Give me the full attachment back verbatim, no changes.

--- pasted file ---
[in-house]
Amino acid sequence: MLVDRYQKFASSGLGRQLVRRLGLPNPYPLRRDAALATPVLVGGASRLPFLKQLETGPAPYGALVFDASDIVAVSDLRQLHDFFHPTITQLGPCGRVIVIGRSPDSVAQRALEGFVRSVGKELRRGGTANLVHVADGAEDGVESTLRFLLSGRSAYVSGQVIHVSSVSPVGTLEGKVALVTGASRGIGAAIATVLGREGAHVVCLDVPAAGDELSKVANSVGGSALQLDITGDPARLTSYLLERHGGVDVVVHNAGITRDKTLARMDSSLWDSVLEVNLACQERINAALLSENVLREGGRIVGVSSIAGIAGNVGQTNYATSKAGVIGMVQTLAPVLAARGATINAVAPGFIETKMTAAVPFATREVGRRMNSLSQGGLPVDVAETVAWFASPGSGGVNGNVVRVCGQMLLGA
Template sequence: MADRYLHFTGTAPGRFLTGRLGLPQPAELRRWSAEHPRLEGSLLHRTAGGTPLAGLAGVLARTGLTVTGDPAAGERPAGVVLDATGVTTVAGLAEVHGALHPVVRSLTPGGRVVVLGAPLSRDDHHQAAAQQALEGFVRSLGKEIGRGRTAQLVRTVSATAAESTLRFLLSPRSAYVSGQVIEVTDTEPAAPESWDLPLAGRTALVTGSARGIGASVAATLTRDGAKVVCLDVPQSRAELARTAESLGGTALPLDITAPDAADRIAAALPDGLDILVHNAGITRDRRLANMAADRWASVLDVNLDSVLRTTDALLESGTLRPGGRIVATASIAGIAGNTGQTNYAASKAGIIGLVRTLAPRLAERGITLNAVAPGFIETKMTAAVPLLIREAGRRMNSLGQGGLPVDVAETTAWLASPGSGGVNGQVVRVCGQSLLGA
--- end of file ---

[in-house]
Amino acid sequence: MLVDRYQKFASSGLGRQLVRRLGLPNPYPLRRDAALATPVLVGGASRLPFLKQLETGPAPYGALVFDASDIVAVSDLRQLHDFFHPTITQLGPCGRVIVIGRSPDSVAQRALEGFVRSVGKELRRGGTANLVHVADGAEDGVESTLRFLLSGRSAYVSGQVIHVSSVSPVGTLEGKVALVTGASRGIGAAIATVLGREGAHVVCLDVPAAGDELSKVANSVGGSALQLDITGDPARLTSYLLERHGGVDVVVHNAGITRDKTLARMDSSLWDSVLEVNLACQERINAALLSENVLREGGRIVGVSSIAGIAGNVGQTNYATSKAGVIGMVQTLAPVLAARGATINAVAPGFIETKMTAAVPFATREVGRRMNSLSQGGLPVDVAETVAWFASPGSGGVNGNVVRVCGQMLLGA
Template sequence: MADRYLHFTGTAPGRFLTGRLGLPQPAELRRWSAEHPRLEGSLLHRTAGGTPLAGLAGVLARTGLTVTGDPAAGERPAGVVLDATGVTTVAGLAEVHGALHPVVRSLTPGGRVVVLGAPLSRDDHHQAAAQQALEGFVRSLGKEIGRGRTAQLVRTVSATAAESTLRFLLSPRSAYVSGQVIEVTDTEPAAPESWDLPLAGRTALVTGSARGIGASVAATLTRDGAKVVCLDVPQSRAELARTAESLGGTALPLDITAPDAADRIAAALPDGLDILVHNAGITRDRRLANMAADRWASVLDVNLDSVLRTTDALLESGTLRPGGRIVATASIAGIAGNTGQTNYAASKAGIIGLVRTLAPRLAERGITLNAVAPGFIETKMTAAVPLLIREAGRRMNSLGQGGLPVDVAETTAWLASPGSGGVNGQVVRVCGQSLLGA